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Coast redwoods increasingly susceptible to fire damage

Fire consumes a once-healthy California redwood tree. (photo: USFS)
California’s renowned coast redwood trees, previously believed to be fireproof, are now more than four times more susceptible to wildfire injury in coastal forest areas infested with the sudden oak death pathogen. These redwoods are now as susceptible to wildfires as other trees.

Millions of trees, including tanoaks, coast live oak, California bay laurels, and many other forest species have been killed by sudden oak death in coastal areas of central and northern California, and Oregon. The pathogen, Phytophthora ramorum, was first linked to the massive tree death in the mid-1990s.

David Rizzo, professor in the Department of Plant Pathology at UC Davis, and his research team are studying how the coastal forest ecology is changing since sudden oak death appeared, and why coast redwoods (Sequoia sempervirens) are subsequently so much more susceptible to fire.

It is the presence of the sudden oak death pathogen in forests that poses heavier fire risks for redwoods.

“If redwoods didn’t live in forests affected by the disease, they could withstand fires just fine,” says Margaret Metz, a postdoctoral research scholar working with Rizzo.

Professor David Rizzo, UC Davis.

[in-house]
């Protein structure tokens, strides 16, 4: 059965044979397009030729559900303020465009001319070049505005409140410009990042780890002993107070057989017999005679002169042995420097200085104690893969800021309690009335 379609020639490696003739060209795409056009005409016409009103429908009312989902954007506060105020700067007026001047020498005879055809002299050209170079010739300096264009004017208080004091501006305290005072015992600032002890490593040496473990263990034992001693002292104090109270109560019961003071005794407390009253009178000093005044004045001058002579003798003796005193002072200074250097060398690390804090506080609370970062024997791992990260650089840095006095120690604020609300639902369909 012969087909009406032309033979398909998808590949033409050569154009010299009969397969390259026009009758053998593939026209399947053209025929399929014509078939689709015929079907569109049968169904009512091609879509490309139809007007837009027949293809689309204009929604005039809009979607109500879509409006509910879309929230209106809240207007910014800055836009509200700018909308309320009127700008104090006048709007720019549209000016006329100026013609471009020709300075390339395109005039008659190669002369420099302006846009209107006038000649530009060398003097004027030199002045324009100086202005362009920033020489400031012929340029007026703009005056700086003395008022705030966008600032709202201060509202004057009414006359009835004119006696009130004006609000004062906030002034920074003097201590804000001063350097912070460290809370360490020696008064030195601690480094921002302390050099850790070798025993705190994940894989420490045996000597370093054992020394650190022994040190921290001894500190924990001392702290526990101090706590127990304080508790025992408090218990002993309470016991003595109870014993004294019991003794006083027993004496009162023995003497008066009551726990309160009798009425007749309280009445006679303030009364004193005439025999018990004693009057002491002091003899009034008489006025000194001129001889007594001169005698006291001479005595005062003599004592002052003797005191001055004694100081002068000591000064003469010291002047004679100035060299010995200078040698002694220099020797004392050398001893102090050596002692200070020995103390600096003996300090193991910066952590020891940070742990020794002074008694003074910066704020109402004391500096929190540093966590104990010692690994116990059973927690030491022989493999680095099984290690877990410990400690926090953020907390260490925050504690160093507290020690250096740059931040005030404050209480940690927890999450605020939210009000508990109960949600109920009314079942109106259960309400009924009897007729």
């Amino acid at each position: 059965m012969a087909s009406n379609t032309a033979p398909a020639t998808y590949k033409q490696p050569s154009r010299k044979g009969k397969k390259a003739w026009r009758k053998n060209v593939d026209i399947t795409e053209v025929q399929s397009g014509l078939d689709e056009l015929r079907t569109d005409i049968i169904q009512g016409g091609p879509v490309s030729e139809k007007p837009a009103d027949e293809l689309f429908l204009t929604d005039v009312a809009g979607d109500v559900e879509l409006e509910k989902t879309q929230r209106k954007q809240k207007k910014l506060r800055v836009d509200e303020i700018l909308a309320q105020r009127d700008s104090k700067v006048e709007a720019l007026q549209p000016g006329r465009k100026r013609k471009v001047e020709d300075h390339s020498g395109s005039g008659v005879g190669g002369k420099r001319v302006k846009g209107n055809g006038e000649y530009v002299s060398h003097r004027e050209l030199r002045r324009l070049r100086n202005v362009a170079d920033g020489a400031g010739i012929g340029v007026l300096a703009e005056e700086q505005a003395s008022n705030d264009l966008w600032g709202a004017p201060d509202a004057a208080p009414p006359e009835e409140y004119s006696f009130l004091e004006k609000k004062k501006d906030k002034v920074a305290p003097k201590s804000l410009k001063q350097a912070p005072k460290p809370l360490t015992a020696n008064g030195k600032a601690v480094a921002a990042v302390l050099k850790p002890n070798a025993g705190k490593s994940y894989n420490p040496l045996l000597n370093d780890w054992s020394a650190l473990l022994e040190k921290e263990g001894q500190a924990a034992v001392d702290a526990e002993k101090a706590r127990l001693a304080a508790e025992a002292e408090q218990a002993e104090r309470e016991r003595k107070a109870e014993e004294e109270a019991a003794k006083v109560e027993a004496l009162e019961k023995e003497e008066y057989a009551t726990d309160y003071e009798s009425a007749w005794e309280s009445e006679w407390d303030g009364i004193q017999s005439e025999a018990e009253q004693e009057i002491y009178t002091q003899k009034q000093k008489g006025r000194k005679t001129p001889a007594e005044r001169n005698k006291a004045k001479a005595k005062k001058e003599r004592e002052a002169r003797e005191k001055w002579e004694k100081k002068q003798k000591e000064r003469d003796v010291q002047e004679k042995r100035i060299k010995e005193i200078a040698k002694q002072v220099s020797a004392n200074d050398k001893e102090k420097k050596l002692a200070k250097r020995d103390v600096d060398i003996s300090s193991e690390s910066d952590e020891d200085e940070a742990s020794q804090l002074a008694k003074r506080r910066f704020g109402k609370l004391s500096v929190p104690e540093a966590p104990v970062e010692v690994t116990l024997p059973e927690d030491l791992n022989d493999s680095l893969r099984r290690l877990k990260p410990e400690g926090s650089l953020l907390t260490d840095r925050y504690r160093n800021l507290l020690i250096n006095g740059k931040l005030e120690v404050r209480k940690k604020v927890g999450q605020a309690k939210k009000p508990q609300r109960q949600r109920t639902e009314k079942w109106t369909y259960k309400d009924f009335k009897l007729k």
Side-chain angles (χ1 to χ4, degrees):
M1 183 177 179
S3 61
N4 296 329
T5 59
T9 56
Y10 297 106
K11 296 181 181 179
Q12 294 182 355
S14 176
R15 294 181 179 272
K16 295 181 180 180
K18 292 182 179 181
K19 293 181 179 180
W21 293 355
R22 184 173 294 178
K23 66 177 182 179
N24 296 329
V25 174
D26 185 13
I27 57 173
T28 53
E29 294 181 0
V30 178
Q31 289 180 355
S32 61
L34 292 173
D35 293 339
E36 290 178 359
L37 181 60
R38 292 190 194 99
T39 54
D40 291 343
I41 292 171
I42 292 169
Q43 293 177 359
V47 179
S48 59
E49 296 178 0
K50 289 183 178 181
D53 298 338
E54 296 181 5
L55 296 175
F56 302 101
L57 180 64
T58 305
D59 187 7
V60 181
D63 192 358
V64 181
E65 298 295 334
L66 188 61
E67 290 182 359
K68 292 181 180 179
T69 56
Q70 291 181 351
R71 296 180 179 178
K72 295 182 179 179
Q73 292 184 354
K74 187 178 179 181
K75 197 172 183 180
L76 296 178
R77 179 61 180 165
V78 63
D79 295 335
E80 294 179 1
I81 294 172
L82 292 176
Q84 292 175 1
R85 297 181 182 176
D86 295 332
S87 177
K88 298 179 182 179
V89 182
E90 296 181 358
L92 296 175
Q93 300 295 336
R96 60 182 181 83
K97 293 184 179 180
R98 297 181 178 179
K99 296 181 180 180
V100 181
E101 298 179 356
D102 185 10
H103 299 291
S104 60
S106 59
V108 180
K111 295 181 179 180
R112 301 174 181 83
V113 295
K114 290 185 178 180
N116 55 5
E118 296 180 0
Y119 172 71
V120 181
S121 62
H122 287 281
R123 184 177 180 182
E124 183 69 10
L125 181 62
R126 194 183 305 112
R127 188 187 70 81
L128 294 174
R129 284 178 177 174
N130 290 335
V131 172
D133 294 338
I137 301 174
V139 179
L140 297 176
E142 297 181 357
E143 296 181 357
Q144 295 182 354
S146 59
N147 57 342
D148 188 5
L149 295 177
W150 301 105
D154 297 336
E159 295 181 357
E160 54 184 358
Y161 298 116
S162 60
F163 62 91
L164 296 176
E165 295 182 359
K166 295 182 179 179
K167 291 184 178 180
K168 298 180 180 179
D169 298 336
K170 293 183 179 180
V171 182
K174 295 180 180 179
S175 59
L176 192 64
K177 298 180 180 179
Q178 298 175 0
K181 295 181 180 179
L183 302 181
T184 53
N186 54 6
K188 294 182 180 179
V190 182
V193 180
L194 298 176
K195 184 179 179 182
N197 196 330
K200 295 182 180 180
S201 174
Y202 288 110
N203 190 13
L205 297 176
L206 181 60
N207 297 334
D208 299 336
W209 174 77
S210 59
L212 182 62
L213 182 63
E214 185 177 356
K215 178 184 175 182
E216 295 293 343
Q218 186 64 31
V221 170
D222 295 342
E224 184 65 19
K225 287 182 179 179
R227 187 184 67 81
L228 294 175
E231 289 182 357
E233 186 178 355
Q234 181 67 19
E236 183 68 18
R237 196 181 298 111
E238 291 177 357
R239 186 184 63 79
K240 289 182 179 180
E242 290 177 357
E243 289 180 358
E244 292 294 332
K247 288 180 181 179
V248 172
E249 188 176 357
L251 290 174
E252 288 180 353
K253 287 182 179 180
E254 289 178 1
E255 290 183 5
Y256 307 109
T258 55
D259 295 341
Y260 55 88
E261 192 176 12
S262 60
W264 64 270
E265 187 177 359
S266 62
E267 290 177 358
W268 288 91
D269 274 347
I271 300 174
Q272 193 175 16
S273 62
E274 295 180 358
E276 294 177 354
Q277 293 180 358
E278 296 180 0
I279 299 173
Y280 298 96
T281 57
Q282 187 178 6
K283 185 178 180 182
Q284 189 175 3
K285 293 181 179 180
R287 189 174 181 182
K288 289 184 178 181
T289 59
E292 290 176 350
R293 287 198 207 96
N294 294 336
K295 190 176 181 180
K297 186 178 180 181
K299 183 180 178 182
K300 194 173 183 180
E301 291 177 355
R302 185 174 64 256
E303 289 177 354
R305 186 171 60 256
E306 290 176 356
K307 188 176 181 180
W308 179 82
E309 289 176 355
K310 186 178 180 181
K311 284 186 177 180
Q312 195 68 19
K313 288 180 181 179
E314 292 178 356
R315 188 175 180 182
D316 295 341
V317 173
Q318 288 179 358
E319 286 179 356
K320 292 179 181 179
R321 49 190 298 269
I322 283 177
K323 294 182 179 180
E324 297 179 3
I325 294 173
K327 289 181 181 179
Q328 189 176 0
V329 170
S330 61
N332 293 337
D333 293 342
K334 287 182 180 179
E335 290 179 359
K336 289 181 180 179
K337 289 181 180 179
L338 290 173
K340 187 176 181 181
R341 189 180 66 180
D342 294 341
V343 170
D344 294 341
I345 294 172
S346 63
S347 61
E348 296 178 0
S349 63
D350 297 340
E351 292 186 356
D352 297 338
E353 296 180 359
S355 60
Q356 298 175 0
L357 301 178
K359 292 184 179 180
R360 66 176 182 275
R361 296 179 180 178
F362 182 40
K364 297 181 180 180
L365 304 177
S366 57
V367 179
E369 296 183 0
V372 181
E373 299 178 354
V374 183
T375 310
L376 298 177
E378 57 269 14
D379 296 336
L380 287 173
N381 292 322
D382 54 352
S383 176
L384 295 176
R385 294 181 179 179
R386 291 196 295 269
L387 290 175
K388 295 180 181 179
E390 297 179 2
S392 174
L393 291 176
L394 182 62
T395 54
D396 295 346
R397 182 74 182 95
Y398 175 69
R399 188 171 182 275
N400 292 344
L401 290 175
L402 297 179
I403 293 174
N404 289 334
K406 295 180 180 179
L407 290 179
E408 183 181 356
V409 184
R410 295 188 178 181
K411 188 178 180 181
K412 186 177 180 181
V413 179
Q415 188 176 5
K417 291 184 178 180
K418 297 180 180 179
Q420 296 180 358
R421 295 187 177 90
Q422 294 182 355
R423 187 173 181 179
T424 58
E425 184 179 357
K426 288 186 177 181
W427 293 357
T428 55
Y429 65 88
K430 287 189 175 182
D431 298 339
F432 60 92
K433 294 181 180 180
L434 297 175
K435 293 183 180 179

An initial explanation for the higher redwood mortality following wildfires is heavier fuel loads (such as fallen, dead branches from tanoaks) in forests affected by sudden oak death. Tanoak, Notholithocarpus densiflorus, is the primary host dying from sudden oak death and the main source of pathogen inoculum.

According to Rizzo, “The disease likely created more fuel for wildfires as dead tanoak branches fell. The loss of the oaks also would have decreased the amount of shade, drying out the forest and turning it into a tinder box, one not even redwoods could survive.”

A real key, though, is the finding that dead tanoaks, still standing, carry flames high into tree canopies, scorching the crowns of adjacent redwood trees. It’s this crown injury that is believed to have caused so many redwood trees to die in a number of fires that occurred in 2008.

Dead tanoaks in a redwood forest in the scientists’ California study area, pre-fire. (photo: Kerri Frangioso/UC Davis)